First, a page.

justify the end of story THE BET?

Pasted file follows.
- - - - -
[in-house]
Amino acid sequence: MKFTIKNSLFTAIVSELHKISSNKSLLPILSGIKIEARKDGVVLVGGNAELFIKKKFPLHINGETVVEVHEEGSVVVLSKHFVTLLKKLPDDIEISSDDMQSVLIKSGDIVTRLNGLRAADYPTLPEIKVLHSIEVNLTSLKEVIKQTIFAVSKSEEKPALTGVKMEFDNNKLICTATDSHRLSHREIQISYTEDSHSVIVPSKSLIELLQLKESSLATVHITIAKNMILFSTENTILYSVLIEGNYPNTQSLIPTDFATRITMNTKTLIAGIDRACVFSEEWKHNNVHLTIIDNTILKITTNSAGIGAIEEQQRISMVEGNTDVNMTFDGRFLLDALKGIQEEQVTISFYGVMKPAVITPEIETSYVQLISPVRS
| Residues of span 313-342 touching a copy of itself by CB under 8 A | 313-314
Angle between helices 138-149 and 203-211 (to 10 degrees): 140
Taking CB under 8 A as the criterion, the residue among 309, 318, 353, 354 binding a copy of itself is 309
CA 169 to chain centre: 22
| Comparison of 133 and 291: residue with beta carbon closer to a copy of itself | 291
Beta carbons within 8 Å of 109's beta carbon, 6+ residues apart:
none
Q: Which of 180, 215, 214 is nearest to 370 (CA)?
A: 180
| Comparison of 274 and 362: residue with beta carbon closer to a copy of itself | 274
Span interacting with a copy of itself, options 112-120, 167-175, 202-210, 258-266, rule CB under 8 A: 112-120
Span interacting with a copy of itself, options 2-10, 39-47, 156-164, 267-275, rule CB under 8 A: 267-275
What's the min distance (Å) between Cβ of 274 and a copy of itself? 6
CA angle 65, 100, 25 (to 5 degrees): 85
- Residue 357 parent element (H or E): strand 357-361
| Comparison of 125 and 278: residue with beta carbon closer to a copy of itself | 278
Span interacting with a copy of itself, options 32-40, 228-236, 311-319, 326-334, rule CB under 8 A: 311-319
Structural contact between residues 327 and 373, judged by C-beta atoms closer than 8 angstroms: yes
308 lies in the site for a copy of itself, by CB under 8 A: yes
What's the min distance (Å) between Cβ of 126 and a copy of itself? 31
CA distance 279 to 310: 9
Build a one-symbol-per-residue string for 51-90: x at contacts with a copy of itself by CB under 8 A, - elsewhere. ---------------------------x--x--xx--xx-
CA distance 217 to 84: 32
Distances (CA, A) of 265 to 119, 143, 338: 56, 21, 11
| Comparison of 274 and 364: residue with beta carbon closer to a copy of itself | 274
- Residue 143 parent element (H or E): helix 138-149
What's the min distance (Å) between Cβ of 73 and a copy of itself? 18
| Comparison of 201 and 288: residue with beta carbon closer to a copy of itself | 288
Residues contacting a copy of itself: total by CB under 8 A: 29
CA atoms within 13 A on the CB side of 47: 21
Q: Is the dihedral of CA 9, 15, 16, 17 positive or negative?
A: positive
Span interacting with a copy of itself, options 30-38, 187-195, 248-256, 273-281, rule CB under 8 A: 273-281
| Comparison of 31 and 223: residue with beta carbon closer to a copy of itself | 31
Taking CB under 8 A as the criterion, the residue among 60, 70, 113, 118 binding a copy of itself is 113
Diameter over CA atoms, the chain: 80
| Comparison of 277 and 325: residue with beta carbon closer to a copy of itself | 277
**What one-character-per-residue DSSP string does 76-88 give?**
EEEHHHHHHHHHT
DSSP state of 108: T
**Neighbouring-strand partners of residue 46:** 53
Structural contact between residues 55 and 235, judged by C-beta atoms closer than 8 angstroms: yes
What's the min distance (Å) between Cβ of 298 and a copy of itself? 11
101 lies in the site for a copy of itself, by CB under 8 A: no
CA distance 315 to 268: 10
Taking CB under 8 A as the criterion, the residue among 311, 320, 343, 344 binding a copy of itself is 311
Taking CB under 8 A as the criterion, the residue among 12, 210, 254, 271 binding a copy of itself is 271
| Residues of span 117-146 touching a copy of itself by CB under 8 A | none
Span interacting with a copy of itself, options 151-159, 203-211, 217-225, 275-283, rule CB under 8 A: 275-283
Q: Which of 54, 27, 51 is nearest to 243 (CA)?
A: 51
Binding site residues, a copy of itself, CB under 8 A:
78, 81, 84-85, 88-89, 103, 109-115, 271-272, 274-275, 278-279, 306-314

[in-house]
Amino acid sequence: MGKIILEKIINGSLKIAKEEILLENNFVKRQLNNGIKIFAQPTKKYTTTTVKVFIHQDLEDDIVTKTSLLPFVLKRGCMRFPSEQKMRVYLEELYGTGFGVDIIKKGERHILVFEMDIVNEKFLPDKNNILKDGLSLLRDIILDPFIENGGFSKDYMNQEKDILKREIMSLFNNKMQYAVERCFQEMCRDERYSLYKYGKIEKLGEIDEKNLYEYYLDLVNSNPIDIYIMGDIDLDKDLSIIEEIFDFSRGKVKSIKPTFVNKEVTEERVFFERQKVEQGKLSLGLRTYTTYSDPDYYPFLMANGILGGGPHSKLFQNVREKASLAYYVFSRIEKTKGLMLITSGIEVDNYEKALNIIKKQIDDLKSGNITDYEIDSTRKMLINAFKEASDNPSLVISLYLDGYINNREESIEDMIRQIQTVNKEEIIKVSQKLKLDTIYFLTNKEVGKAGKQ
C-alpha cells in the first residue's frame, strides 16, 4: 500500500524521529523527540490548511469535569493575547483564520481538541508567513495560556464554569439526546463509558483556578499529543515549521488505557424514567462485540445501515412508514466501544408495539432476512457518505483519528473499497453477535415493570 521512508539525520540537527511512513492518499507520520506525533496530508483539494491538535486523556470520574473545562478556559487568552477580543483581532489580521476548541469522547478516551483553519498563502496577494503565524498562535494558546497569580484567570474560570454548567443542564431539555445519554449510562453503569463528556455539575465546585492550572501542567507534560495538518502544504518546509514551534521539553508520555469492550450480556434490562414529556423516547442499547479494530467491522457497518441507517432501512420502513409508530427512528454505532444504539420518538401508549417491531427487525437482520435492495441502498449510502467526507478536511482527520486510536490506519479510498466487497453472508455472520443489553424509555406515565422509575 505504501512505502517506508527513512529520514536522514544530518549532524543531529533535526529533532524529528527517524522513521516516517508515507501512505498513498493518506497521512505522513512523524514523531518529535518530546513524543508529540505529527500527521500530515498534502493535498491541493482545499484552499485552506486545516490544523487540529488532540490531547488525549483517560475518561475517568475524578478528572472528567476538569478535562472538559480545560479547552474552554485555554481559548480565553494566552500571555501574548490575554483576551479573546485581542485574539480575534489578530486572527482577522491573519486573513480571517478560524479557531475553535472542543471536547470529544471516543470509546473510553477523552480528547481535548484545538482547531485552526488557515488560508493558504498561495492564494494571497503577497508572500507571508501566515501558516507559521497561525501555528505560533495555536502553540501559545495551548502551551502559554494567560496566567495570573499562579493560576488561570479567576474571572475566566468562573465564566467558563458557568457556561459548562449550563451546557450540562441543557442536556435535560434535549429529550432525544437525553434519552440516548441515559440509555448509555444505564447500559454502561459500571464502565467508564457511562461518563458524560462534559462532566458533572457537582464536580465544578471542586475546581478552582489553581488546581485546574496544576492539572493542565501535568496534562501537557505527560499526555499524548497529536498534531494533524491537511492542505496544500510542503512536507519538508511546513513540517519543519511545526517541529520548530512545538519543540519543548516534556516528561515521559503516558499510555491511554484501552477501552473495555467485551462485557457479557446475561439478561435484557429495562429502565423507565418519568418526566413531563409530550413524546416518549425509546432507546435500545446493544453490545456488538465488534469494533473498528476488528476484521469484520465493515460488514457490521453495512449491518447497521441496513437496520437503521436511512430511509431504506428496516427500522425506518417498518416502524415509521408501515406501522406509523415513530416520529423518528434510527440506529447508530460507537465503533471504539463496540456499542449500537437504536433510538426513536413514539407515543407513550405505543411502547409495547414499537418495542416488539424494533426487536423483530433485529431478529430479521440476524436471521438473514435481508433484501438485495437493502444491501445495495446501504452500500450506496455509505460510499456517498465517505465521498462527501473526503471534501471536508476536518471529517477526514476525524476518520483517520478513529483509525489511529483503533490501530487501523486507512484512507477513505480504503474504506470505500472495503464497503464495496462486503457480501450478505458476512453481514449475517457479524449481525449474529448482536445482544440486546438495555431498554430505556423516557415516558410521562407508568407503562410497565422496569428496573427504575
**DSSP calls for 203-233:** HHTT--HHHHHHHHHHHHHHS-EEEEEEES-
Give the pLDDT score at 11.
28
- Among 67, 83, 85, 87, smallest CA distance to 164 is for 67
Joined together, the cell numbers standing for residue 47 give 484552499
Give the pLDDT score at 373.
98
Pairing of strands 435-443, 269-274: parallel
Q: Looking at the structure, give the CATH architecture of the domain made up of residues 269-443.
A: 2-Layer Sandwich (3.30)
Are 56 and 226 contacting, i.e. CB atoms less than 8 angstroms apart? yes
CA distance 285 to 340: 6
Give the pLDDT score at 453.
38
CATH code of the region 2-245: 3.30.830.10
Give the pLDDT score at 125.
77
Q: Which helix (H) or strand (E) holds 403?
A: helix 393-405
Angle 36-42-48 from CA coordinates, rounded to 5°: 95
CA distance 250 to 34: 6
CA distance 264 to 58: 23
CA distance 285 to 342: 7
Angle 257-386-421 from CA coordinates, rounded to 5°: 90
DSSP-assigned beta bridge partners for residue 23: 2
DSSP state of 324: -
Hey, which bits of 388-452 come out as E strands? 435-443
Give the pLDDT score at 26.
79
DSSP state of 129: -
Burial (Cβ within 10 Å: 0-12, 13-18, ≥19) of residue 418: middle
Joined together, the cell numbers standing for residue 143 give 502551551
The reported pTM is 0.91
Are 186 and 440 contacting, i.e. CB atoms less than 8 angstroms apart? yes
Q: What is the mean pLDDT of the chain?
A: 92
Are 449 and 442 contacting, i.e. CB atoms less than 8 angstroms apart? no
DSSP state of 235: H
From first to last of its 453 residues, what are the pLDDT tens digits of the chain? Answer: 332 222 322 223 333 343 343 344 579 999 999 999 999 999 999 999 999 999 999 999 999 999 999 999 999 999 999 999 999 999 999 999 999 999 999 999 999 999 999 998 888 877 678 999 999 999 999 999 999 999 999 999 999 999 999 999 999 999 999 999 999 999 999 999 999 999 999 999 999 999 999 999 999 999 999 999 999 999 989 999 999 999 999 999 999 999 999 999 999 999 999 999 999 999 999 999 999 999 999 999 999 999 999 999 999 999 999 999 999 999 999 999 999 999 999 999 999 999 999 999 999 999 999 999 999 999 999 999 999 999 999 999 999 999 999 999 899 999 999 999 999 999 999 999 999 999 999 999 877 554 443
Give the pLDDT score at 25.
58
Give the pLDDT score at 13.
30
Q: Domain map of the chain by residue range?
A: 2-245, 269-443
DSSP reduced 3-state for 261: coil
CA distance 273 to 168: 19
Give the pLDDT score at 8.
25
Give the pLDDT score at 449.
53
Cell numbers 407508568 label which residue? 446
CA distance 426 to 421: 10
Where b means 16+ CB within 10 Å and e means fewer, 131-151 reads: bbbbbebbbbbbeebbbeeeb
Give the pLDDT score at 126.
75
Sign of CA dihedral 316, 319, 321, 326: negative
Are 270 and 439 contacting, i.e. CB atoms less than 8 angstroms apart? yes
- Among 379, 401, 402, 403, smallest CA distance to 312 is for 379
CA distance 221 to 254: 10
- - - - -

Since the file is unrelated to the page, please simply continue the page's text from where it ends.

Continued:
The Bet" is a bizarre story, and one that is unusual for Chekhov. Everything about the story is strange and hard to believe. Would anyone be crazy enough to make a bet like that? Would any rich man be crazy enough to harbor a prisoner for such a length of time? The ending is no more bizarre than the rest of the story. The rich man over time has lost much of his wealth and cannot pay off on the bet, so he decides to kill his prisoner. In the meantime, the prisoner has learned so much in studying history, literature, philosophy, and other subjects that he no longer cares about money. It is truly a fantastic story and deserves a fantastic conclusion. Chekhov usually wrote much more realistic stories with inconclusive endings, such as in "The Lady with the Little Dog." In "The Bet," Chekhov seems to be showing what he could do in more imaginative fiction if he wanted to. He seems to be emulating Edgar Allan Poe. Chekhov does a marvelous job of representing the long passage of time in a short story.